Young people don’t know what the radio is, so we listened to an iPod through the truck speakers for the whole 90-minute trip to and fro the stadium. Only one artist was played: Eric Church.

I’d known of Eric Church. Hell, I’d seen him in concert as the opening act for Sara Evans, but he never really captivated me. I loved ‘Smoke A Little Smoke’ and I had downloaded ‘Homeboy’ from the iTunes store, but it wasn’t until December 4, 2011, that I realized Eric Church was, well, a badass.

This guy captivated me the way only a couple other artists have. Eric Church captivated me so much that the next time I was at Best Buy, full disclosure I forced myself into a trip, I bought all three albums that Church had released to date.

I was sold.

‘Chief’, the most commercially successful album for Church thus far, was unlike any ‘country’ album I had ever heard. I say ‘country’ because Church has been quoted as saying that genres are an outdated concept. The earlier two albums weren’t as groundbreaking, but it was beyond solid typical country music.

The aviators that I wore turned from being in honor of my family’s obsession with Tom Cruise and ‘Top Gun’ to being because I wanted to be Eric Church. I wanted to be that guy that was on the album cover of ‘Chief’ and wore his glasses onstage.

I finally got to see the guy I wanted to be onstage again.

It was a ‘freakin’ Tuesday in Minneapolis’ and the Target Center was packed to the rafters. Internet connectivity was sketchy with 19,000 people and, I’d assume, 19,000 or so internet cable devices trying to SnapChat their friends. A problem I assume the Timberwolves never face.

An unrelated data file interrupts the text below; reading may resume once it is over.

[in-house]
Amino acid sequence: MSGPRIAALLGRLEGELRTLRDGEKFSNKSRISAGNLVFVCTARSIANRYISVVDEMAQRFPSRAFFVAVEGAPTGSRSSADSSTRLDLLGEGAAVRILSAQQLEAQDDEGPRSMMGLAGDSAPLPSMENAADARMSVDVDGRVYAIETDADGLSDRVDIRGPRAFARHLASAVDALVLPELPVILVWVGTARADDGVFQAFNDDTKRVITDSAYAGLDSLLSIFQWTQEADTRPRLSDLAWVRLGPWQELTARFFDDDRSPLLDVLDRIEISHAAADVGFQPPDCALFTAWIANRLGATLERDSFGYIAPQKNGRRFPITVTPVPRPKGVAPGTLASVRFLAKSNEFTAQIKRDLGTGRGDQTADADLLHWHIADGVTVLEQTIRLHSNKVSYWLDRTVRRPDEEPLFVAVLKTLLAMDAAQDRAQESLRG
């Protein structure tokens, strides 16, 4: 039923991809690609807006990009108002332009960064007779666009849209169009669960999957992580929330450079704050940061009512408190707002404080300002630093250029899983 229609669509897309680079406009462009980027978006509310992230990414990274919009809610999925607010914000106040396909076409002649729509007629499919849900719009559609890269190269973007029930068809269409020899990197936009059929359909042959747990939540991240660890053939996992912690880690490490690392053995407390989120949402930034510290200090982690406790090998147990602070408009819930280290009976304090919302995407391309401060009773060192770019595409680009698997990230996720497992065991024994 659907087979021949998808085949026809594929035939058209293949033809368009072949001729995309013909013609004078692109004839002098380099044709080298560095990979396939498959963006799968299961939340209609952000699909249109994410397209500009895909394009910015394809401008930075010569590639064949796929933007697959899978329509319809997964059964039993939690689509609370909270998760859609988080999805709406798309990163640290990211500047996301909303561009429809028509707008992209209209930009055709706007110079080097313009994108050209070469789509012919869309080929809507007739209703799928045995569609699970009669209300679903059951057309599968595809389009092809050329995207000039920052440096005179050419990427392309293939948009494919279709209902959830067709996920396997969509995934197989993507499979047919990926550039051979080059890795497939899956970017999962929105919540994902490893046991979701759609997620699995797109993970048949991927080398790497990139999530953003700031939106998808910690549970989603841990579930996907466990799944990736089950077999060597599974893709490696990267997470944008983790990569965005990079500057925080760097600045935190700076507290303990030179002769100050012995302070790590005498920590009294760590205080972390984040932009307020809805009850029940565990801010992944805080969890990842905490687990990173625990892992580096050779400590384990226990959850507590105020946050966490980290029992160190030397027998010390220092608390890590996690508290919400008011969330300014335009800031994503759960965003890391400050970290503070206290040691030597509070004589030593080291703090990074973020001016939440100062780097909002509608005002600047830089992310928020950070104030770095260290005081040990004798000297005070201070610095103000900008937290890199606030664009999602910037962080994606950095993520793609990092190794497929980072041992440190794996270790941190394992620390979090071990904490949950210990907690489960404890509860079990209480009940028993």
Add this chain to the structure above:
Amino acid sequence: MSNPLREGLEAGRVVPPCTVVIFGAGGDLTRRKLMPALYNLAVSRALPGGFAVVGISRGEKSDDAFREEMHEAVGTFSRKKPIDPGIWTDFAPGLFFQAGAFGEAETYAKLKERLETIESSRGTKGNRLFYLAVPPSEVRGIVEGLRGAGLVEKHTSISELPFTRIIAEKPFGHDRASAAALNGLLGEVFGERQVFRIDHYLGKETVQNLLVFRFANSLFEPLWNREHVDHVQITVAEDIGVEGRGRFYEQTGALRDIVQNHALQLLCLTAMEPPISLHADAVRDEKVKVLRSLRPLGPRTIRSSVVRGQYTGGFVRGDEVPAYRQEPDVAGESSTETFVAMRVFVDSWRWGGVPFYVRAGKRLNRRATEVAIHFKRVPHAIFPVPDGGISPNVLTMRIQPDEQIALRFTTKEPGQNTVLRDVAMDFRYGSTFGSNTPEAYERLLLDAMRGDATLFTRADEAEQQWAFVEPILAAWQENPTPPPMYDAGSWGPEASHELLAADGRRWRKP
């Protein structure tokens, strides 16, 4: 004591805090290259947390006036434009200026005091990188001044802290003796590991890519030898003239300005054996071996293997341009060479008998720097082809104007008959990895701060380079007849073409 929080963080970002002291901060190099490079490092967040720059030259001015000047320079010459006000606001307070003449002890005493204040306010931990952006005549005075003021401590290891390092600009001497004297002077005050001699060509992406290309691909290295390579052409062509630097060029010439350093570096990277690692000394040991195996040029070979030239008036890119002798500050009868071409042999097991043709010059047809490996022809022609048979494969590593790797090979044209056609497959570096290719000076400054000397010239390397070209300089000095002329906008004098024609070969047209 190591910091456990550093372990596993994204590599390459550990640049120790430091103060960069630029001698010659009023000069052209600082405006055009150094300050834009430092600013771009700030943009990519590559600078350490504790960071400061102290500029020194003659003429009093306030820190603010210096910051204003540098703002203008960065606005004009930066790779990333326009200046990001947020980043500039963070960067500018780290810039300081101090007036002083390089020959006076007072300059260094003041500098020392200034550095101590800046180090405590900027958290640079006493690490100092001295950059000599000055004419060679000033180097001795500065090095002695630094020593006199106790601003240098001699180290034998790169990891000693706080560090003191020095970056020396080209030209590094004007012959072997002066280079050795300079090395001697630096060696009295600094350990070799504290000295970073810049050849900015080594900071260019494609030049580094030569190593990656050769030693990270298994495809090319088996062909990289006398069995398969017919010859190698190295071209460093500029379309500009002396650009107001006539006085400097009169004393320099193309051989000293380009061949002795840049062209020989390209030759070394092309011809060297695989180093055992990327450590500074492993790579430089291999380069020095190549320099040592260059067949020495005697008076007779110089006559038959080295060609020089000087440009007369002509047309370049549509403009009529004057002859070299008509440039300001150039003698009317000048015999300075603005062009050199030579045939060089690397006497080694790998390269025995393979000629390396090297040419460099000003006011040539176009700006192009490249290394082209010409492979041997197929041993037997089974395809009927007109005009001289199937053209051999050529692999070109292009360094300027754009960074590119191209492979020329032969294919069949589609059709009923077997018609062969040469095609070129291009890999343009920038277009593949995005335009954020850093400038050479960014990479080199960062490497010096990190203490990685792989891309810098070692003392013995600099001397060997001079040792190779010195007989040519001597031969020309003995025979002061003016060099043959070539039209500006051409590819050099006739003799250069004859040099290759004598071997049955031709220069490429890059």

Church ran through a blistering 23 songs with only two breaks, one of those breaks was hidden behind a video montage of the prelude to ‘Devil, Devil’ which is featured on his latest album ‘The Outsiders’.

The concert was heavy on ‘The Outsiders’ and ‘Chief’, but touched on all four of Church’s studio albums. Including his second single, ‘Two Pink Lines’ which was selected by a list Church gave a fan before the show and Church and his band didn’t know what they would be playing until ten seconds they were playing it.

Church laughed through the song, especially after forgetting the words to the second verse of the song that reached number 19 on the charts just eight short years ago.

The concert was insanely rocking, especially for what Church pointed out was a Tuesday. The energy, the all-encompassing stage, the attention of the crowd was always on Church and he gave a hell of a show off of that energy.

There’s a million things a guy that is a little biased towards Eric Church could say about the concert. He did the essential hits, he did the true fans’ favorite album cuts, he tied in ‘Born to Run’ in his breakout smash spectacular ‘Springsteen’.

A million memorable moments, but there is something insanely fun about one of your favorite artists having the same admiration you do for another one your favorite artists.

No one was singing ‘Born to Run’ louder than me and Eric Church in that moment.